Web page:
California laboratory experts have been deployed to a PerkinElmer COVID-19 laboratory in Valencia to investigate allegations about poor management, state public health officials said Monday.
PerkinElmer, a Massachusetts-based diagnostics company, was tasked with increasing California’s daily COVID-19 tests by 150,000 via its $1.4 billion contract with the state at the 134,287-square-foot industrial building on Livingston Avenue.
From the Valencia lab, Gov. Gavin Newsom announced its opening in late October, saying the facility would increase testing by 75% and improve the turnaround time from five to seven days to about 48 hours.
That hasn’t been the case, though, as fewer than 20,000 tests have been conducted per day — which were billed to the state at a rate of more than 100,000 daily, according to a news report by TV station CBS13 in Sacramento.
Whistleblowers have reported lab technicians sleeping, COVID test swabs found in restrooms, a lack of documented competency and a high number of inconclusive tests, which state officials told CBS13 was due to the type of test used at the lab. The tests can detect lower levels of viral load and those are reported as inconclusive, according to the company’s response.
In an emailed statement, Kate Folmar, spokeswoman for the California Health and Human Services agency, said her agency is taking all complaints or allegations of wrongdoing at the laboratory seriously.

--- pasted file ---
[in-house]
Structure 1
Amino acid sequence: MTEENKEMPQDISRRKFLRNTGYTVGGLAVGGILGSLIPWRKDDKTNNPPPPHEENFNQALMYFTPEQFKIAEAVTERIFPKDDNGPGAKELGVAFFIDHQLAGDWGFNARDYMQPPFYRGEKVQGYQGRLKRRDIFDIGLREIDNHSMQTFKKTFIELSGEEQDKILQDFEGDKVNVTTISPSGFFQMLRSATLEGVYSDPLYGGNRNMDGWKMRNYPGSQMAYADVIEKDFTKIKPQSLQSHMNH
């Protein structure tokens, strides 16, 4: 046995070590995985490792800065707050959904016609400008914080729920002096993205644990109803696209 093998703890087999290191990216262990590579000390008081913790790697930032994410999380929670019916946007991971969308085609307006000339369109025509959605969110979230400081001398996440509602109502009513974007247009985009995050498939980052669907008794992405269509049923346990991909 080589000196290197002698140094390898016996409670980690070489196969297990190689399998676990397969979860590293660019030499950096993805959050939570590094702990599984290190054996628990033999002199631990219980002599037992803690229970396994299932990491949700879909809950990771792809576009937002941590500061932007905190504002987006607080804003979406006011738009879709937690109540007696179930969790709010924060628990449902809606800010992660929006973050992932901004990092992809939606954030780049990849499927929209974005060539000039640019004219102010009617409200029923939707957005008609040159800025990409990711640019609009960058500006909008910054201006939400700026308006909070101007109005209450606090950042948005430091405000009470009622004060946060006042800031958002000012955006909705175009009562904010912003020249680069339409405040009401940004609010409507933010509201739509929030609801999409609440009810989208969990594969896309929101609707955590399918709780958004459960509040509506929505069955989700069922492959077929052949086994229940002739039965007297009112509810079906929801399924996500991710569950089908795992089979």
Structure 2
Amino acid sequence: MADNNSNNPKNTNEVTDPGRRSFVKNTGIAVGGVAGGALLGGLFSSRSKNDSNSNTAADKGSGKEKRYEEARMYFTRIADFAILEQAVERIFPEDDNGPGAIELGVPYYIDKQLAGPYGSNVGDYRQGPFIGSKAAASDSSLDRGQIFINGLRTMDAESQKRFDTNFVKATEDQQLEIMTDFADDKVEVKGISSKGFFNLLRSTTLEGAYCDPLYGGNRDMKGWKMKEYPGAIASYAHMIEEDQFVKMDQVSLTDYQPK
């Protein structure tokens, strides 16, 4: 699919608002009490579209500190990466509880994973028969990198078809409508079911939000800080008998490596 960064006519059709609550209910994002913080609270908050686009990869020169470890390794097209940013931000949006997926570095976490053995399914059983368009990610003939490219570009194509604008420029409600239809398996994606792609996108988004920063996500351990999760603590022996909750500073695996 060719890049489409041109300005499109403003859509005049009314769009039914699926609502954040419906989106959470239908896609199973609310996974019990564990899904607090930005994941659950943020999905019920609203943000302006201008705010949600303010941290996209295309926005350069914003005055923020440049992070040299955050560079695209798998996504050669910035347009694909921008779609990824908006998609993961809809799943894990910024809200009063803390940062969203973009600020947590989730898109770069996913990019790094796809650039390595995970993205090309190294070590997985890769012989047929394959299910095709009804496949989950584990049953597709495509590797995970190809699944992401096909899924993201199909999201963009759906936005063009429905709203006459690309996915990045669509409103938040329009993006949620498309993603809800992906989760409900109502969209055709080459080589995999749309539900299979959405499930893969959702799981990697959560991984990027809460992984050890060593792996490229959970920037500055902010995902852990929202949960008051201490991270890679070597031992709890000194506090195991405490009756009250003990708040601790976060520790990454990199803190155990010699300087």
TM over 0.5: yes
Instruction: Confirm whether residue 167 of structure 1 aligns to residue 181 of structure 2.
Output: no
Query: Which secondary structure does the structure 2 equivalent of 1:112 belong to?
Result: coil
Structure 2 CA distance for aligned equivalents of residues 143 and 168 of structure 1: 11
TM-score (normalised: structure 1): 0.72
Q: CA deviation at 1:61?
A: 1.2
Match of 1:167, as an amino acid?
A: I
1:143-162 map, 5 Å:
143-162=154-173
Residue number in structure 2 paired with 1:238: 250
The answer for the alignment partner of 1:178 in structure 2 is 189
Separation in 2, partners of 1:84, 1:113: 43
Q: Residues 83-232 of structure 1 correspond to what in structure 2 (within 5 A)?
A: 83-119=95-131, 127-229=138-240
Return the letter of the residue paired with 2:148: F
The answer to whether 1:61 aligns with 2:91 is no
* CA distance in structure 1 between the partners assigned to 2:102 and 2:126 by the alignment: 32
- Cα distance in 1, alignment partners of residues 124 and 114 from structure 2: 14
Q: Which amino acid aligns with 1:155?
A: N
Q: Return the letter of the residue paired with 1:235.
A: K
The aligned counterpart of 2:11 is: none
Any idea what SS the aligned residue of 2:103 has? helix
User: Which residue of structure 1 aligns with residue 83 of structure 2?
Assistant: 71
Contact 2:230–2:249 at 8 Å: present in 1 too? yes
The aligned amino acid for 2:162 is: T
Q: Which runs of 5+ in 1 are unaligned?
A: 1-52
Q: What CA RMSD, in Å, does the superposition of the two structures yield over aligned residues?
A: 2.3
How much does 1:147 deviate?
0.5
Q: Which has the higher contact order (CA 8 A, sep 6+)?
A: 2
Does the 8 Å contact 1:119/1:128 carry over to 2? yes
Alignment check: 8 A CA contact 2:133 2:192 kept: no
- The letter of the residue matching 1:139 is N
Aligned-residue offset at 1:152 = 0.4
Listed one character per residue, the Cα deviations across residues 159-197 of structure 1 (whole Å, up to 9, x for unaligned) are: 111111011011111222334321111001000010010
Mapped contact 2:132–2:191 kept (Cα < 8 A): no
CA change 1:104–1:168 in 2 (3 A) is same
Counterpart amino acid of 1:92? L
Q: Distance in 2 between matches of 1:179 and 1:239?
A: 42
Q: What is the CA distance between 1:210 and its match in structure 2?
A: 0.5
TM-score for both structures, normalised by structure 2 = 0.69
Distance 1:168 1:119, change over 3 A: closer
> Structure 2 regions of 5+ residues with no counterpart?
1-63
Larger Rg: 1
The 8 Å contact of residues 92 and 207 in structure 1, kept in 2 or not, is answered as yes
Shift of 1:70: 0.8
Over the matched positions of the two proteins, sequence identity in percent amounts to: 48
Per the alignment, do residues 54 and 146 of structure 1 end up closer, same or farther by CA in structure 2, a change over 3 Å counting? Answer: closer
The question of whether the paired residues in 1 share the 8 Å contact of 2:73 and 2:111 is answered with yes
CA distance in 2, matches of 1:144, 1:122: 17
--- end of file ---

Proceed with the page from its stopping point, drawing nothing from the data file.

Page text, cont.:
“We have deployed a team of state laboratory experts to the laboratory to investigate the allegations,” she said. “The state’s contract with PerkinElmer contains strong contractual language to ensure that we protect the state and taxpayers. We need to let the laboratory experts do their work and see if complaints are substantiated, and then the state will take any action that may be merited.”
PerkinElmer officials also acknowledged the reported allegations and said they’re working with the state to investigate the matter.
“At the Valencia laboratory, dedicated individuals at both PerkinElmer and CDPH have worked extremely hard to open the facility and ramp up testing over the past several months in order to meet the state’s testing demands,” officials said in a prepared statement. “We take any complaints or allegations of wrongdoing seriously and are fully cooperating with California to investigate the issues raised on the report last night and will continue to be fully transparent with CDPH on any concerns they have.”
State Sen. Scott Wilk, R-Santa Clarita, said he was concerned should the allegations turn out to be true.
“This is in my district and I am very troubled by it,” he said Monday. “This was allegedly a first-rate company that (Newsom) not only recruited for California, but they’re supposed to be doing testing in Oregon and Washington, as well. If they’re only doing 20,000 tests but we are paying them for 100,000 — that’s wrong.”